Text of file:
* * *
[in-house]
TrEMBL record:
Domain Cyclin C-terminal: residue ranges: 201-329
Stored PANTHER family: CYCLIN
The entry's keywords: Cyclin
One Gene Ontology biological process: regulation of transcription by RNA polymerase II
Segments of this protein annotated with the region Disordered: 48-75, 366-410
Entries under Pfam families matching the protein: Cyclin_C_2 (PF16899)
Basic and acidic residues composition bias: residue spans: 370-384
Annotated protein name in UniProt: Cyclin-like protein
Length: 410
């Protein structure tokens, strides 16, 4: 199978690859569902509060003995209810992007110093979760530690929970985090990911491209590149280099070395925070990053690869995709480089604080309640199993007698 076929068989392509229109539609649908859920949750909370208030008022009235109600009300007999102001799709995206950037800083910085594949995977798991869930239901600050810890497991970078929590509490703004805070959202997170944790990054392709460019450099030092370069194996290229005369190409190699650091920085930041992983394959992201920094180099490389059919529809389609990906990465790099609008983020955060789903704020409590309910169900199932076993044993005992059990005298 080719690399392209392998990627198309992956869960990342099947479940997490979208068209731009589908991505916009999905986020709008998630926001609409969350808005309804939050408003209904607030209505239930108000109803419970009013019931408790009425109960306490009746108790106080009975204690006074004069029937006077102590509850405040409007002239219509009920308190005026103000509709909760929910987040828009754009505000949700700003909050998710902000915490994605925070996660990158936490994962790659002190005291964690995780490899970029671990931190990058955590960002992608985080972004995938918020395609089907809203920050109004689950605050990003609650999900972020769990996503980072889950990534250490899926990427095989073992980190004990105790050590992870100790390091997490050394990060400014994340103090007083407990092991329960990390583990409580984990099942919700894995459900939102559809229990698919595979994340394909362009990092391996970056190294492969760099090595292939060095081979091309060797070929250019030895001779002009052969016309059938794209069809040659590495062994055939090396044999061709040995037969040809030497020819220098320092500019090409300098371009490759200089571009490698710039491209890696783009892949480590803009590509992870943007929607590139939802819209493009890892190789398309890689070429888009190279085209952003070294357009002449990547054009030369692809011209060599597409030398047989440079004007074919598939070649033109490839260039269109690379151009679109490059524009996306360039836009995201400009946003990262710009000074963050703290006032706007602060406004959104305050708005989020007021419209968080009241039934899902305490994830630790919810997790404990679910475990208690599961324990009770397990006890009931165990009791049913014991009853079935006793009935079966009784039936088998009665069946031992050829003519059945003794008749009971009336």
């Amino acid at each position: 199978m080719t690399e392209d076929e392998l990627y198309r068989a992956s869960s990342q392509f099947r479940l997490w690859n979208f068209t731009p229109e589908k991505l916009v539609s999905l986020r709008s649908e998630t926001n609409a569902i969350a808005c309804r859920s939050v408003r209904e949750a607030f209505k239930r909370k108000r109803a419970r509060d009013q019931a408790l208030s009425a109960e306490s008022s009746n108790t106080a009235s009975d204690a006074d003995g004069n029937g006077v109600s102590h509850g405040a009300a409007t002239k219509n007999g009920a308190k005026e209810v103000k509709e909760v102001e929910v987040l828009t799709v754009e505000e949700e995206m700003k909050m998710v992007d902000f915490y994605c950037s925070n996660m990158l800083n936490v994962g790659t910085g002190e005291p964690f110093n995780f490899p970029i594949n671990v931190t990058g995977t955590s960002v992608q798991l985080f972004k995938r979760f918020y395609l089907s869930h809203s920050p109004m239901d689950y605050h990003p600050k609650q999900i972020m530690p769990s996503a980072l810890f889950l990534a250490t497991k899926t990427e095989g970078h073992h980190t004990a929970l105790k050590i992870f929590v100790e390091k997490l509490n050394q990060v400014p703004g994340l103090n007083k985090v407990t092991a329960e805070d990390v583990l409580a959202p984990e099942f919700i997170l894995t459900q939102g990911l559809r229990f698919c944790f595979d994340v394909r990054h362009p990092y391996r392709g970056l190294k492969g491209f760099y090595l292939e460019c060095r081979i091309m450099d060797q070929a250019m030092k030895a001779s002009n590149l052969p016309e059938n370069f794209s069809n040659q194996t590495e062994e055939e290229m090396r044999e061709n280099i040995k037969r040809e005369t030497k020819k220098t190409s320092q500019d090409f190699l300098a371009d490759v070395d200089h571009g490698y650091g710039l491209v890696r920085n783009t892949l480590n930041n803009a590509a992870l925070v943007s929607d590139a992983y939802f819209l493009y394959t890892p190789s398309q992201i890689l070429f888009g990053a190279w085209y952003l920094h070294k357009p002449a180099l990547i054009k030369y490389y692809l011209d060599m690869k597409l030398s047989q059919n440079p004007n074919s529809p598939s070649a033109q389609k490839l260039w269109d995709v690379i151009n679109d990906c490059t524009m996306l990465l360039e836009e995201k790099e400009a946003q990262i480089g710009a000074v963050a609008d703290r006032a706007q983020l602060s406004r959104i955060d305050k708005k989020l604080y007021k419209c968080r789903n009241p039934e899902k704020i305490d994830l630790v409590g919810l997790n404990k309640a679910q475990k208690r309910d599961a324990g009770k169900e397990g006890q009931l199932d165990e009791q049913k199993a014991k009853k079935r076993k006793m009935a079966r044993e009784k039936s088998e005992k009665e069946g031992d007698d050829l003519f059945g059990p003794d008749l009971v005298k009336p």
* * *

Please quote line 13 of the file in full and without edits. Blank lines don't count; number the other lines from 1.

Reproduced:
């Amino acid at each position: 199978m080719t690399e392209d076929e392998l990627y198309r068989a992956s869960s990342q392509f099947r479940l997490w690859n979208f068209t731009p229109e589908k991505l916009v539609s999905l986020r709008s649908e998630t926001n609409a569902i969350a808005c309804r859920s939050v408003r209904e949750a607030f209505k239930r909370k108000r109803a419970r509060d009013q019931a408790l208030s009425a109960e306490s008022s009746n108790t106080a009235s009975d204690a006074d003995g004069n029937g006077v109600s102590h509850g405040a009300a409007t002239k219509n007999g009920a308190k005026e209810v103000k509709e909760v102001e929910v987040l828009t799709v754009e505000e949700e995206m700003k909050m998710v992007d902000f915490y994605c950037s925070n996660m990158l800083n936490v994962g790659t910085g002190e005291p964690f110093n995780f490899p970029i594949n671990v931190t990058g995977t955590s960002v992608q798991l985080f972004k995938r979760f918020y395609l089907s869930h809203s920050p109004m239901d689950y605050h990003p600050k609650q999900i972020m530690p769990s996503a980072l810890f889950l990534a250490t497991k899926t990427e095989g970078h073992h980190t004990a929970l105790k050590i992870f929590v100790e390091k997490l509490n050394q990060v400014p703004g994340l103090n007083k985090v407990t092991a329960e805070d990390v583990l409580a959202p984990e099942f919700i997170l894995t459900q939102g990911l559809r229990f698919c944790f595979d994340v394909r990054h362009p990092y391996r392709g970056l190294k492969g491209f760099y090595l292939e460019c060095r081979i091309m450099d060797q070929a250019m030092k030895a001779s002009n590149l052969p016309e059938n370069f794209s069809n040659q194996t590495e062994e055939e290229m090396r044999e061709n280099i040995k037969r040809e005369t030497k020819k220098t190409s320092q500019d090409f190699l300098a371009d490759v070395d200089h571009g490698y650091g710039l491209v890696r920085n783009t892949l480590n930041n803009a590509a992870l925070v943007s929607d590139a992983y939802f819209l493009y394959t890892p190789s398309q992201i890689l070429f888009g990053a190279w085209y952003l920094h070294k357009p002449a180099l990547i054009k030369y490389y692809l011209d060599m690869k597409l030398s047989q059919n440079p004007n074919s529809p598939s070649a033109q389609k490839l260039w269109d995709v690379i151009n679109d990906c490059t524009m996306l990465l360039e836009e995201k790099e400009a946003q990262i480089g710009a000074v963050a609008d703290r006032a706007q983020l602060s406004r959104i955060d305050k708005k989020l604080y007021k419209c968080r789903n009241p039934e899902k704020i305490d994830l630790v409590g919810l997790n404990k309640a679910q475990k208690r309910d599961a324990g009770k169900e397990g006890q009931l199932d165990e009791q049913k199993a014991k009853k079935r076993k006793m009935a079966r044993e009784k039936s088998e005992k009665e069946g031992d007698d050829l003519f059945g059990p003794d008749l009971v005298k009336p």